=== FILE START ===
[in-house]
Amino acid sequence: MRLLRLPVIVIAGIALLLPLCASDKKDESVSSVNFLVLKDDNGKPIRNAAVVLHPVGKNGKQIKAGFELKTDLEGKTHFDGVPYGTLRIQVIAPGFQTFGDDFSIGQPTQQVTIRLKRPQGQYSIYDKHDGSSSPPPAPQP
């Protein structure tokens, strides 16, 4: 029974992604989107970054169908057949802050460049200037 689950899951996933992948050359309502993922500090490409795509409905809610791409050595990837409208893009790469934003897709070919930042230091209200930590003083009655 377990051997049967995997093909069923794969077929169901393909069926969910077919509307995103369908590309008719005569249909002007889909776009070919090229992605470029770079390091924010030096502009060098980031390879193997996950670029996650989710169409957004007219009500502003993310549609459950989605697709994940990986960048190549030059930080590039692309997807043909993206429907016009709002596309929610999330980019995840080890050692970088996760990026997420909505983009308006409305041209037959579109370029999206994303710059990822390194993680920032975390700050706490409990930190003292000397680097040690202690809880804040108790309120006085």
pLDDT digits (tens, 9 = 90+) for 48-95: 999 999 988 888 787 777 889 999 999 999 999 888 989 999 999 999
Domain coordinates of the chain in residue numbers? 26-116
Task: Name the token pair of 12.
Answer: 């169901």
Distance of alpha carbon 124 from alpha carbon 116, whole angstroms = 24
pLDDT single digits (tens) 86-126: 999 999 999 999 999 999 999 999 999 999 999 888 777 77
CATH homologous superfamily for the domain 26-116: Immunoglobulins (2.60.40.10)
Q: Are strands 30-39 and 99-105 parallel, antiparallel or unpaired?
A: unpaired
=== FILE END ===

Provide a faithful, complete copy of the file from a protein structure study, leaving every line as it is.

[in-house]
Amino acid sequence: MRLLRLPVIVIAGIALLLPLCASDKKDESVSSVNFLVLKDDNGKPIRNAAVVLHPVGKNGKQIKAGFELKTDLEGKTHFDGVPYGTLRIQVIAPGFQTFGDDFSIGQPTQQVTIRLKRPQGQYSIYDKHDGSSSPPPAPQP
């Protein structure tokens, strides 16, 4: 029974992604989107970054169908057949802050460049200037 689950899951996933992948050359309502993922500090490409795509409905809610791409050595990837409208893009790469934003897709070919930042230091209200930590003083009655 377990051997049967995997093909069923794969077929169901393909069926969910077919509307995103369908590309008719005569249909002007889909776009070919090229992605470029770079390091924010030096502009060098980031390879193997996950670029996650989710169409957004007219009500502003993310549609459950989605697709994940990986960048190549030059930080590039692309997807043909993206429907016009709002596309929610999330980019995840080890050692970088996760990026997420909505983009308006409305041209037959579109370029999206994303710059990822390194993680920032975390700050706490409990930190003292000397680097040690202690809880804040108790309120006085």
pLDDT digits (tens, 9 = 90+) for 48-95: 999 999 988 888 787 777 889 999 999 999 999 888 989 999 999 999
Domain coordinates of the chain in residue numbers? 26-116
Task: Name the token pair of 12.
Answer: 């169901």
Distance of alpha carbon 124 from alpha carbon 116, whole angstroms = 24
pLDDT single digits (tens) 86-126: 999 999 999 999 999 999 999 999 999 999 999 888 777 77
CATH homologous superfamily for the domain 26-116: Immunoglobulins (2.60.40.10)
Q: Are strands 30-39 and 99-105 parallel, antiparallel or unpaired?
A: unpaired